Q & A
Women in Forestry
Career change: Q&A with Conifex electrician Jillian Pritchard
By Maria Church
Jillian Pritchard is a newly ticketed electrician with Conifex Timber in Mackenzie, B.C. At 29 years old, Jillian decided it was time for a 180-degree career change from liberal arts to the trades. Nearly three years into her job with Conifex, Jillian says she is both lucky and grateful to have taken that leap of faith.
CFI: What led you to become an electrician in a northern B.C. sawmill?
I couldn’t tell you the exact year, but I basically decided I needed a career change at about the age of 29. I had gone to arts school so I have an ambiguous liberal arts degree and was living in Vancouver. I was working in not the most rewarding or high paying jobs and with the cost of living there I decided it was time to get realistic.
My brother is also an electrician and at the time was starting his own business, and he said, ‘Why don’t you become an electrician?’ It was kind of a light-bulb moment for me.
Long story short, I went to school in Calgary and ended up working in construction for the better part of my electrician apprenticeship. I knew that construction wasn’t a long-term plan for me. It’s hard on the body and most of those jobs are in metropolitan centres unless you’re doing camp work. I was trying to figure out how to get into an area of the trade that would be a long-term career solution for me.
My brother lived in northern B.C. and when I got into the trade I knew I wanted to live up here. I was done with the city and I had nothing to lose. I ended up meting my husband at some point during my apprenticeship. He’s an electrician too and he lived in Mackenzie, which is not too far from Burns Lake – the area that appealed to me. It was an auspicious event!
It just so happened that Conifex was looking for electricians. I’ve been with them for roughly two and a half years now. I lucked out with them and I’m very grateful.
CFI: How do you like it so far in the forest products industry?
I love it. I knew that I wanted to get into a maintenance type of job where you are doing more troubleshooting and thinking on your feet. It’s a never-ending learning curve. When you decide later in life that you’re going to change your career path, you’re accepting that feeling and you learn to love that learning curve.
My job on a daily basis is continually learning and thinking on my feet. It’s exhilarating.
CFI: Is it rare to see female electricians in the sawmill?
I’m not sure, but I want to say no. We have seven or eight electricians in the sawmill and three of them are women, so those are pretty good odds. That might be because we are living in a more remote community so there are more opportunities for women to get into these positions.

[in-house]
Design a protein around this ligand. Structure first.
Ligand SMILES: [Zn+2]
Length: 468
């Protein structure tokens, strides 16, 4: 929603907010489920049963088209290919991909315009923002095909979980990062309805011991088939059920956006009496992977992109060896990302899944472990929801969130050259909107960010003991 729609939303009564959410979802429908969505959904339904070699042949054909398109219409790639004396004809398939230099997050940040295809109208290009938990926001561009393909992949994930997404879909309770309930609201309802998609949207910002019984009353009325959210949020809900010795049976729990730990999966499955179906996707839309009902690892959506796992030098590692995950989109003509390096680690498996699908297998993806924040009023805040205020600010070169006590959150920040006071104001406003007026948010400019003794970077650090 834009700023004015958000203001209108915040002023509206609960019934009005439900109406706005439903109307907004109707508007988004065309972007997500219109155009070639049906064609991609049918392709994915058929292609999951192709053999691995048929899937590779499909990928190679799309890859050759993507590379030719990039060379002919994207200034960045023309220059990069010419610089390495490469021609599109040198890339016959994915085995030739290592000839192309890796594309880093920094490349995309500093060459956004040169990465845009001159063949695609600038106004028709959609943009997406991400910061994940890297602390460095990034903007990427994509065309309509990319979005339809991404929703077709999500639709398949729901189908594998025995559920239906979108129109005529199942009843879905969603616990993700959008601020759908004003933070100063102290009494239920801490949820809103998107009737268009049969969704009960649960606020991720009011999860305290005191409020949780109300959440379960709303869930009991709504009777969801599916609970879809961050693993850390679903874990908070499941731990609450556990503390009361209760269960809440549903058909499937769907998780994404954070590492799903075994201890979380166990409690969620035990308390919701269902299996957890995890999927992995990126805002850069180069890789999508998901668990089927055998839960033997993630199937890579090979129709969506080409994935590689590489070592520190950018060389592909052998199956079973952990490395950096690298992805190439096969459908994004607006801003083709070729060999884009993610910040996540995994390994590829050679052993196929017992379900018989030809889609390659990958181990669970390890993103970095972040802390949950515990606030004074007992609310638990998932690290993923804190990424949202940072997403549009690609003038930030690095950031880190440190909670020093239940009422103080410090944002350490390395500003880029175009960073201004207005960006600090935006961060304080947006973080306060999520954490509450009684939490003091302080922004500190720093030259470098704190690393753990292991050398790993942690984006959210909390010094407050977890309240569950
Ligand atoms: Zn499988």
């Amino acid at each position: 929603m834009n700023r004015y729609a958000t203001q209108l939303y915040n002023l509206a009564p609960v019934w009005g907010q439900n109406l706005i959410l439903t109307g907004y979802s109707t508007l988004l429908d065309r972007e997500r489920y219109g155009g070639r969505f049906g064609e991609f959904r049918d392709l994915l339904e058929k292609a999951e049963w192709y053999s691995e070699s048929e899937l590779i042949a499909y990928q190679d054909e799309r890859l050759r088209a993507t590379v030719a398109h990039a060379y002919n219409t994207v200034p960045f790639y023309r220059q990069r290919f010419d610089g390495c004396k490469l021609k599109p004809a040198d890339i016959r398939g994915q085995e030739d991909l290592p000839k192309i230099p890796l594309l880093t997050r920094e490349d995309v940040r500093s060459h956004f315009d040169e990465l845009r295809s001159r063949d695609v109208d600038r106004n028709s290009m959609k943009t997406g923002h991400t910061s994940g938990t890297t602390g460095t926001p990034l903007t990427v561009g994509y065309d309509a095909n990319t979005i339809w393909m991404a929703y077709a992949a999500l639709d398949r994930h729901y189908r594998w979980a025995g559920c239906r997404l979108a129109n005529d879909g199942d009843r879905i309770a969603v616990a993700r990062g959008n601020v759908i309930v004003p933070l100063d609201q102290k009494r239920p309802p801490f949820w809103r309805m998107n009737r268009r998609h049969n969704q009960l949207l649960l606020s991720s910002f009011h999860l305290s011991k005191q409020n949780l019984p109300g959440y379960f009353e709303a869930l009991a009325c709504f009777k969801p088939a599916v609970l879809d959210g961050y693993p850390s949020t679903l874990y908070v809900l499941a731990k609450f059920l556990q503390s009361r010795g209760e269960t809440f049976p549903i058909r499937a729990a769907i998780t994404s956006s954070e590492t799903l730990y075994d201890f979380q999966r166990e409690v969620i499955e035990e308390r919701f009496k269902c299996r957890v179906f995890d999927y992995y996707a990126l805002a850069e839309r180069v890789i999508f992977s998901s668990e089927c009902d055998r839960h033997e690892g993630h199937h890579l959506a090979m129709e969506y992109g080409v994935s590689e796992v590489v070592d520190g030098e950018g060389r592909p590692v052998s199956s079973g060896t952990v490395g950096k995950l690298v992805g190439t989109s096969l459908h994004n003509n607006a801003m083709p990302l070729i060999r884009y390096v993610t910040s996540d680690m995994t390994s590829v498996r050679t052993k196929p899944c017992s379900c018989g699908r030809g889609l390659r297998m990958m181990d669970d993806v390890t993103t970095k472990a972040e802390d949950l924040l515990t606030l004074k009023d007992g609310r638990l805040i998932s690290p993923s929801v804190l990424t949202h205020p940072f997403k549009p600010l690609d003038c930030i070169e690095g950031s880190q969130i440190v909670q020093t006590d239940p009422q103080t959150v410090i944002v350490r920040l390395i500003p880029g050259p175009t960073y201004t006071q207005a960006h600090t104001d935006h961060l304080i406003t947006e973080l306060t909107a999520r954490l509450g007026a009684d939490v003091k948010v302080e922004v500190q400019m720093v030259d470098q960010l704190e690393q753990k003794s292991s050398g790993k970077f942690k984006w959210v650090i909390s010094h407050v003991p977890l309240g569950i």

We have a female journeyman welder, we have two female planermen. So there are quite a few women in the trades here. There is definitely a larger percentage of male tradespeople, but it seems to me that it’s fairly balanced here.
CFI: Were you apprehensive at all about being a woman in predominantly male trade and industry?
I’m an optimistic person and I don’t want to believe that those issues are still prevalent, but I think it would be stupid to say that they’re not around. I came into the forest industry having entered into a trade that is also a very male-centric job, so maybe I was already hardened to it or learned to not see it so much.
There still are stereotypes and there can be a double standard at times when people question you a bit more, maybe. But I don’t think about that very much. If I did I would be upset about it everyday and I’m not. You just have to move on and get along.
People might think it’s more male-dominated than it is. There are a lot of women just in our sawmill and in administration and management at Conifex.
CFI: Did you have any mentors or role models in your journey so far?
I’ve very close with my brother and this is all his fault essentially! I was a suburban kid growing up in Vancouver. If you asked me 25 years ago what are you going to be doing, I definitely wouldn’t have told you, A, that I would be in the trades, and B, that I would be in the forest industry in some small community in northern British Columbia. There is no way! He definitely encouraged me in a very pragmatic sense.
I think a lot of people in more metropolitan areas don’t realize there is this whole other country out there and, especially in primary resource areas, there are great jobs. You make some sacrifices, you’re not in a big city anymore, but you’ve got low cost of living, high wages, and great quality of life.
My brother made those changes before I did and he paved the way for me. He made it very appealing. He didn’t really prepare me for the extreme shock of that career change, but he definitely encouraged me!
CFI: What advice can you share with other women looking to change careers and get into the forest industry?
What do you have to lose? There are so many opportunities here in these specific facets of our economy in this country. These jobs are rewarding, they’re high paying and there’s room for growth. Somebody is going to do it, why shouldn’t it be you?
Take the risk. It will be rewarding in the end. I’m sure I’m not the only person who was at that point, realizing that their career didn’t work out the way they planned and they’re stuck in Vancouver paying ridiculous amounts for rent and transportation, wondering, where is this going? There are opportunities out there.
If I can do it, anybody can!
This interview has been edited and condensed for clarity.
This post is part of CFI, Pulp & Paper Canada and Canadian Biomass’ Women in Forestry project celebrating International Women’s Day on March 8. Find more content here and follow on social media with the hashtag #WomeninForestry as well as #IWD2020 and #EachforEqual.